There's a lot of psychology involved in show homes, with developers using clever design tricks to present properties in the best possible light - literally. We explain what to pay attention to and what to ignore when viewing a new-build show home, so you can work out with a clear head whether it's really right for you.
A show home is an example property on a new-build development, designed and decorated to entice buyers. It'll often double up as a marketing suite, from where other homes on the development will be sold.
If you're considering buying a new home off-plan, the show home can play a key role in helping you visualise what you'll be purchasing.
Developers know this, and they'll happily use the tricks of the trade to lure you in. With careful research and a level-headed mindset, however, it's possible to see past the high-end fittings and clever lighting, and work out whether it really is your ideal home.
Viewing show homes: what research should I do first?
It's important to fully research the development in advance and to think carefully about what you want from your new home.
The show home is only a snapshot of the development. You'll need to think about the location, access and local amenities, and look into the developer's track record. Research whether the developer has built any other homes nearby, and find out if they were built on time and to a reasonable standard.
Start by preparing a list of what you're looking for. For example, how many bedrooms do you require, is a garden top of your wish list, is car parking something you aren't prepared to compromise on?
If possible, invite a friend or family member to visit the development with you. Somebody who isn't involved in the process might notice things you overlook, and getting a second opinion is never a bad thing.
Find out more: new-build homes - learn about the pros and cons of buying a brand-new home
What should I look for when I visit a show home?
If you're considering buying a property that hasn't been built yet (off-plan), you need to find out how it will differ from the show home.
Try not to think too much about how the show home is decorated and kitted out. If all you remember after viewing a show home is the designer sofa and stylish light fittings, then you've been distracted. Look closely at the home itself: is it well-built, is the layout logical, and could you imagine living in this sort of property?
Walk around the building site and try to visualise how the development will look once completed. If it's still in the very early stages, consider whether the site looks well-run and tidy - this will give an indication of how professionally the project is being managed.
Show homes: tricks of the trade
When viewing a show home, keeping an eye out for optical illusions might not be top of your list - but it should be. Bear the following in mind:
- Remember that show homes are dressed by expert interior designers who are trained in optimising space - in other words, the home might look much bigger than it actually is.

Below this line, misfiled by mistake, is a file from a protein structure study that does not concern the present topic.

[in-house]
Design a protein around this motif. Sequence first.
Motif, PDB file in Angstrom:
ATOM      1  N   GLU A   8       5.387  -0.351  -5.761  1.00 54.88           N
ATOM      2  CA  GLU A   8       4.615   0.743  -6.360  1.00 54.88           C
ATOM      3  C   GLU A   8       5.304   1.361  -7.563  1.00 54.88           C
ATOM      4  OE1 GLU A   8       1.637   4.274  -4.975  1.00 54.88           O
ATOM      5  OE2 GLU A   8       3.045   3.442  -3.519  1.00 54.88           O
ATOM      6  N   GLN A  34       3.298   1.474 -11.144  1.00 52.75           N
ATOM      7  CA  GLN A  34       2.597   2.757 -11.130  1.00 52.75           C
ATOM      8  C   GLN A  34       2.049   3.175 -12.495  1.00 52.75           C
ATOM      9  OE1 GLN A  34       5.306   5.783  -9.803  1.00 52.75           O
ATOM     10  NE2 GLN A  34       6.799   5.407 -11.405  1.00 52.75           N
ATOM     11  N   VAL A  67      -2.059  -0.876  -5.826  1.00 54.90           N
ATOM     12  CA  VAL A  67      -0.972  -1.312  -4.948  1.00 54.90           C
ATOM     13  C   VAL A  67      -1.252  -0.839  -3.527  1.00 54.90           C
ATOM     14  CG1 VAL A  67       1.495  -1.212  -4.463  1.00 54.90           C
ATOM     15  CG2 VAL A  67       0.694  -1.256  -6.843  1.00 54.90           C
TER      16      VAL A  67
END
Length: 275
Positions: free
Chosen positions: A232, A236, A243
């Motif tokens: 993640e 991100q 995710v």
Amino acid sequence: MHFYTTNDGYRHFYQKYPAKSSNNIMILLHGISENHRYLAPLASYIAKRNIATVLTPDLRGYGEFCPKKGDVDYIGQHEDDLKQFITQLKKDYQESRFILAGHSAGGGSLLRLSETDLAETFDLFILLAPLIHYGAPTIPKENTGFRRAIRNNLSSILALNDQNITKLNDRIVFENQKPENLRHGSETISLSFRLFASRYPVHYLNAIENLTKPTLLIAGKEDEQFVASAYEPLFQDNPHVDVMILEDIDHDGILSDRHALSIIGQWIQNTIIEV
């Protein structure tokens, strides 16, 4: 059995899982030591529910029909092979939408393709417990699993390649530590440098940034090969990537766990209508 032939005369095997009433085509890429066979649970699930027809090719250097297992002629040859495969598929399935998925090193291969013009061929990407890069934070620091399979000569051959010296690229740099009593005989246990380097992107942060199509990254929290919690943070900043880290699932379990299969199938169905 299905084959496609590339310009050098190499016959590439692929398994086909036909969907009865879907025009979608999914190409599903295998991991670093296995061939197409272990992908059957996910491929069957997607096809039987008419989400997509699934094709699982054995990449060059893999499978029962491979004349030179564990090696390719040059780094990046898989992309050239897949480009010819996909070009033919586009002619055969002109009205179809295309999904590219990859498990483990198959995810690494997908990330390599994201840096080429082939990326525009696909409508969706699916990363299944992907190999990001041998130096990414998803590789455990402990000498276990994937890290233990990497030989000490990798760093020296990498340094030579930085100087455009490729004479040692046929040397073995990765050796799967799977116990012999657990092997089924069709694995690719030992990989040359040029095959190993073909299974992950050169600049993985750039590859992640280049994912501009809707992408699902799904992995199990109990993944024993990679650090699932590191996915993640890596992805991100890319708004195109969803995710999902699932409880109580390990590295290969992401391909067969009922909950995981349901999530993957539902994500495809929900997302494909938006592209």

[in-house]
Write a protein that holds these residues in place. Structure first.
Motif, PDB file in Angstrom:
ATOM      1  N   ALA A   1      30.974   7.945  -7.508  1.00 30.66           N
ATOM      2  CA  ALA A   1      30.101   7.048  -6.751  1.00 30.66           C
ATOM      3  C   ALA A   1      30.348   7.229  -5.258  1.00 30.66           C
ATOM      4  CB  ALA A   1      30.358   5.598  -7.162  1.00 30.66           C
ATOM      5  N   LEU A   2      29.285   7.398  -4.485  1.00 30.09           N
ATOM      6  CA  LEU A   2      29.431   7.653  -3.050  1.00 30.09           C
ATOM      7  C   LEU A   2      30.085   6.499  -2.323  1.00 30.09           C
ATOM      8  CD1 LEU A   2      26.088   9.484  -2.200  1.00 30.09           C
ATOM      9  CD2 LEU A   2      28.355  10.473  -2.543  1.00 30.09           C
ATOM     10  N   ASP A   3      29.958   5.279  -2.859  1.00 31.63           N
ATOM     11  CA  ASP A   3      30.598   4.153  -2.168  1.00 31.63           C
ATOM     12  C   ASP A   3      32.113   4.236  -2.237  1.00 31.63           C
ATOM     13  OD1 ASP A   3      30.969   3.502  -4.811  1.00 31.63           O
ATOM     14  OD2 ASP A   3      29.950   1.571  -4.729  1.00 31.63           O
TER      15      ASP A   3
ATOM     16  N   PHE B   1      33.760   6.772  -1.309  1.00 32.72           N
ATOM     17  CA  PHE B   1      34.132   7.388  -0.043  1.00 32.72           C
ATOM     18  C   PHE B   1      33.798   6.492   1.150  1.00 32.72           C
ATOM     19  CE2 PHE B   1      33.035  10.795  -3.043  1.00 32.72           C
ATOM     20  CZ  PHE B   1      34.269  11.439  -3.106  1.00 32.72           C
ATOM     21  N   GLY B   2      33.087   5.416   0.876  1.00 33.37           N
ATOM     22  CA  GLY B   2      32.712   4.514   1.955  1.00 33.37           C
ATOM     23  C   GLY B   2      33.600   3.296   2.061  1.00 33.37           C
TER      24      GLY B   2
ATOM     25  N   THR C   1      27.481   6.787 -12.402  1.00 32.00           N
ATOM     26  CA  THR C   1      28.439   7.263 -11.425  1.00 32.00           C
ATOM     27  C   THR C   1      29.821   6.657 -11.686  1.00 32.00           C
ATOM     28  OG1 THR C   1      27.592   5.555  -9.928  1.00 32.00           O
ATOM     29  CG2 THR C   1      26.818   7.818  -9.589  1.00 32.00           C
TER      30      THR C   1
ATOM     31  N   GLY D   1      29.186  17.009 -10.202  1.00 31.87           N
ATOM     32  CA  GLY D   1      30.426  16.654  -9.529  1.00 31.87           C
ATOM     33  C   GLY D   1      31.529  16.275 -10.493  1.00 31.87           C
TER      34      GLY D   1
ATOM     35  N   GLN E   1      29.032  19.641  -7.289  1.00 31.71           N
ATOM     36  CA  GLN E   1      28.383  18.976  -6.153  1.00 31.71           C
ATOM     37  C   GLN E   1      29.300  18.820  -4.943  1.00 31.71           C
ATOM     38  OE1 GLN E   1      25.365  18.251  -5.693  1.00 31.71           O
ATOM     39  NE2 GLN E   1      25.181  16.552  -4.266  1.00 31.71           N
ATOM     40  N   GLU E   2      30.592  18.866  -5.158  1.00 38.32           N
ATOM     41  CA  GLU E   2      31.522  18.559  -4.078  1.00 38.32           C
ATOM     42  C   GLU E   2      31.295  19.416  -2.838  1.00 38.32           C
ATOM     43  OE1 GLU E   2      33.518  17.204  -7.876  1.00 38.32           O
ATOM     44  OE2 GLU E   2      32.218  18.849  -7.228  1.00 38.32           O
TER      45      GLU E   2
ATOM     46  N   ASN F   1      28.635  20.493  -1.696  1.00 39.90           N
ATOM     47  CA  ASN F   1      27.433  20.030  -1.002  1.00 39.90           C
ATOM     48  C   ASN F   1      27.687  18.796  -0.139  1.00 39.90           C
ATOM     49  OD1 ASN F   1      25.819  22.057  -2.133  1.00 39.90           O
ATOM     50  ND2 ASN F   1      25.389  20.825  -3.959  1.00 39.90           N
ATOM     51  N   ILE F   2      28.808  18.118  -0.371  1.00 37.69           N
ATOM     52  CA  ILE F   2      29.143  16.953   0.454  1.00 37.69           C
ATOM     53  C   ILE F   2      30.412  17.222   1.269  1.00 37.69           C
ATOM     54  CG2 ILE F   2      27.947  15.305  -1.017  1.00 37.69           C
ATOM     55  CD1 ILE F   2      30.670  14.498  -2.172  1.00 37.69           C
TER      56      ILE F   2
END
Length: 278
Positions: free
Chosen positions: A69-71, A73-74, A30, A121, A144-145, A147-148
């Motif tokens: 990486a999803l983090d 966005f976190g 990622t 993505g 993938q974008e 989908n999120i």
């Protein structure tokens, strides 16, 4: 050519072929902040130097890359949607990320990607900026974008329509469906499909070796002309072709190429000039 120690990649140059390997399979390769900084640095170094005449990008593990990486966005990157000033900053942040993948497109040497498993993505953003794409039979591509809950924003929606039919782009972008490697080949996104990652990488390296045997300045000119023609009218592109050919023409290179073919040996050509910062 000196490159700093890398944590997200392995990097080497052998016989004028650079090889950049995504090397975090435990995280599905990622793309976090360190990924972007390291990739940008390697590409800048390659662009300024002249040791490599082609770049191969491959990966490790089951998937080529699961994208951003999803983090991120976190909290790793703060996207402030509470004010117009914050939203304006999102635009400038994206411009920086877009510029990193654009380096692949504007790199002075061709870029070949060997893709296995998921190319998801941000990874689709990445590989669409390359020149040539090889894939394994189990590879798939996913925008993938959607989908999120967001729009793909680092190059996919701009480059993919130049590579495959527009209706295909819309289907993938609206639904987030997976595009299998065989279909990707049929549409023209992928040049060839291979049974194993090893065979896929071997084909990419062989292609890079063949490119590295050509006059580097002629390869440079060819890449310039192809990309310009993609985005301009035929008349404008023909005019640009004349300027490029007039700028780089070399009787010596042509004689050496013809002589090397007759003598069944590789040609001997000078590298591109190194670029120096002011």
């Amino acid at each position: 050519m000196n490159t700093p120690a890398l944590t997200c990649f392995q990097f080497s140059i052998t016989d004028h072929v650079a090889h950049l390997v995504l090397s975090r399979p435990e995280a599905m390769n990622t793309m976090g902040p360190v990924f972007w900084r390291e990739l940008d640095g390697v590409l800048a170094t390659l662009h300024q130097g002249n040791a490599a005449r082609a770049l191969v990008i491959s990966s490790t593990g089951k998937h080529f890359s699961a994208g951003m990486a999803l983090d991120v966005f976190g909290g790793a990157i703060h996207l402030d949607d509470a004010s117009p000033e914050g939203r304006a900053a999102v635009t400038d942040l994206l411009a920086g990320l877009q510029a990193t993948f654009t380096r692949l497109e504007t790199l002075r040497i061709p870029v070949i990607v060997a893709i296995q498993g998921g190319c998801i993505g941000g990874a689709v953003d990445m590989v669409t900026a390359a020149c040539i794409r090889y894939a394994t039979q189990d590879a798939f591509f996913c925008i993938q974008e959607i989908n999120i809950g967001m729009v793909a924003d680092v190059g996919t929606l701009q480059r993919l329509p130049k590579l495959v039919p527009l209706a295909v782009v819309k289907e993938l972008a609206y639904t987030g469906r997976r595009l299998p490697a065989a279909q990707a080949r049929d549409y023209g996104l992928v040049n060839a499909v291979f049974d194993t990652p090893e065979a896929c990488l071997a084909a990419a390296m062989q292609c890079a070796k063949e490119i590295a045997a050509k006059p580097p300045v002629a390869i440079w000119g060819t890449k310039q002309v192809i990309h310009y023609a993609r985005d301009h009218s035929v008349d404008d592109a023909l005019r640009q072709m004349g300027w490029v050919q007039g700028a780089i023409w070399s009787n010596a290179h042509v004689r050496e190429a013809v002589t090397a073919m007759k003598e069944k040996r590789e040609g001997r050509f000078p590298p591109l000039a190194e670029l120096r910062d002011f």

- Living rooms often have small furniture, bedrooms might only contain a bed and bedside table, and glass furniture, mirrors and constant lighting might be used to create an illusion of natural light.
- Some features in a show home might not be included in the standard specification. Boiling water taps, designer worktops and high-end lighting could all add a hefty chunk onto the buying price.
- Show homes often have the best plot on the development, so there's a chance that the spacious landscaped garden you're shown on your viewing could actually be a turfed postage stamp on the home you end up buying.
Find out more: buying off-plan - all you need to know about buying a home before it's built
Should I buy a show home?
Developers will always sell the show home once they've finished using it for marketing purposes.
The idea of buying a show home divides opinion, but for the right price (and with the right extras thrown in), it could be a smart move. Here are the pros and cons:
Advantages of buying a show home
- You can fully inspect the finished home before buying it
- The development will be close to completion, so you won't have to live on a building site for too long
- Show homes usually have upgraded fixtures and fittings that aren't on the specification for standard homes
- You could benefit from the best plot, complete with a landscaped garden
- You might be able to get the furniture thrown in as part of the deal
Disadvantages of buying a show home
- You could be overpaying for premium fixtures and fittings, and you won't be able to personalise these
- A show home is likely to have experienced plenty of wear and tear by the time it's sold, so will require a comprehensive snagging survey
- Items in show homes sometimes get taken away and used in other homes on the development - so what you see on your viewing may not be what you get when you move in
- You won't be able to benefit from on-site aftercare
- Appliances will be used rather than new, and their warranties might have expired
- The show home is often located next to the marketing suite car park, which developers will sometimes build a house on at the end of the project, so you could face disruption after moving in.
Correct as of date of publication.